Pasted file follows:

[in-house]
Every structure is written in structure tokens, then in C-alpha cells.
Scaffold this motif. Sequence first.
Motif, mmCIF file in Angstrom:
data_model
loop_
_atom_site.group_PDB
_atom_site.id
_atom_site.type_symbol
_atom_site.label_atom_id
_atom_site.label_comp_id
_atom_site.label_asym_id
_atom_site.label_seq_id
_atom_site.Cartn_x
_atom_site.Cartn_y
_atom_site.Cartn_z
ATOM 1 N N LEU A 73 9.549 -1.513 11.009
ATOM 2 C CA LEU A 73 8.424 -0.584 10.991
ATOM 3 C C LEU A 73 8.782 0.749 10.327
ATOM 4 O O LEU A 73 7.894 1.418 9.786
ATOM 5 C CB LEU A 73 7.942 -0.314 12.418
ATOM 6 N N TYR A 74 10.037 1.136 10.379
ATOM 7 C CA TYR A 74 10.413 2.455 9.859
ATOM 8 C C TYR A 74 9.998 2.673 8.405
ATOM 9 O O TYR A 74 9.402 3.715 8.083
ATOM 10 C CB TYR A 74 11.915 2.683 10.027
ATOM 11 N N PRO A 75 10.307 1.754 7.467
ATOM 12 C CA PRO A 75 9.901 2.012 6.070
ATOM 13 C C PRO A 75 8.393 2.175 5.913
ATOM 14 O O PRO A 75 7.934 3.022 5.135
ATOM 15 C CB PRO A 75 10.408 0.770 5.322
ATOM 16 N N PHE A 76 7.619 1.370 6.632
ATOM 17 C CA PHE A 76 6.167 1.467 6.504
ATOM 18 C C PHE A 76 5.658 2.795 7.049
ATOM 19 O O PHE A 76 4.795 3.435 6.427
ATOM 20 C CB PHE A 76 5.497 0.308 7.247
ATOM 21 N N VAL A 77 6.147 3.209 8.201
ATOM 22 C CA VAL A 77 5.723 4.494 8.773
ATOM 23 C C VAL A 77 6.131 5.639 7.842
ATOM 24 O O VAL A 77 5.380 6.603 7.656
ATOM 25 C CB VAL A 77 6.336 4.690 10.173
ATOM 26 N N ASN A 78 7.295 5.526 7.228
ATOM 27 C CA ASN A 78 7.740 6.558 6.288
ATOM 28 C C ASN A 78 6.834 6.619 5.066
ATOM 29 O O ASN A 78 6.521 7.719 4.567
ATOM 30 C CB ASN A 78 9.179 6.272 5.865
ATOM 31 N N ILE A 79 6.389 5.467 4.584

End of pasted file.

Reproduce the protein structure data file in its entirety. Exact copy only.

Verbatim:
[in-house]
Every structure is written in structure tokens, then in C-alpha cells.
Scaffold this motif. Sequence first.
Motif, mmCIF file in Angstrom:
data_model
loop_
_atom_site.group_PDB
_atom_site.id
_atom_site.type_symbol
_atom_site.label_atom_id
_atom_site.label_comp_id
_atom_site.label_asym_id
_atom_site.label_seq_id
_atom_site.Cartn_x
_atom_site.Cartn_y
_atom_site.Cartn_z
ATOM 1 N N LEU A 73 9.549 -1.513 11.009
ATOM 2 C CA LEU A 73 8.424 -0.584 10.991
ATOM 3 C C LEU A 73 8.782 0.749 10.327
ATOM 4 O O LEU A 73 7.894 1.418 9.786
ATOM 5 C CB LEU A 73 7.942 -0.314 12.418
ATOM 6 N N TYR A 74 10.037 1.136 10.379
ATOM 7 C CA TYR A 74 10.413 2.455 9.859
ATOM 8 C C TYR A 74 9.998 2.673 8.405
ATOM 9 O O TYR A 74 9.402 3.715 8.083
ATOM 10 C CB TYR A 74 11.915 2.683 10.027
ATOM 11 N N PRO A 75 10.307 1.754 7.467
ATOM 12 C CA PRO A 75 9.901 2.012 6.070
ATOM 13 C C PRO A 75 8.393 2.175 5.913
ATOM 14 O O PRO A 75 7.934 3.022 5.135
ATOM 15 C CB PRO A 75 10.408 0.770 5.322
ATOM 16 N N PHE A 76 7.619 1.370 6.632
ATOM 17 C CA PHE A 76 6.167 1.467 6.504
ATOM 18 C C PHE A 76 5.658 2.795 7.049
ATOM 19 O O PHE A 76 4.795 3.435 6.427
ATOM 20 C CB PHE A 76 5.497 0.308 7.247
ATOM 21 N N VAL A 77 6.147 3.209 8.201
ATOM 22 C CA VAL A 77 5.723 4.494 8.773
ATOM 23 C C VAL A 77 6.131 5.639 7.842
ATOM 24 O O VAL A 77 5.380 6.603 7.656
ATOM 25 C CB VAL A 77 6.336 4.690 10.173
ATOM 26 N N ASN A 78 7.295 5.526 7.228
ATOM 27 C CA ASN A 78 7.740 6.558 6.288
ATOM 28 C C ASN A 78 6.834 6.619 5.066
ATOM 29 O O ASN A 78 6.521 7.719 4.567
ATOM 30 C CB ASN A 78 9.179 6.272 5.865
ATOM 31 N N ILE A 79 6.389 5.467 4.584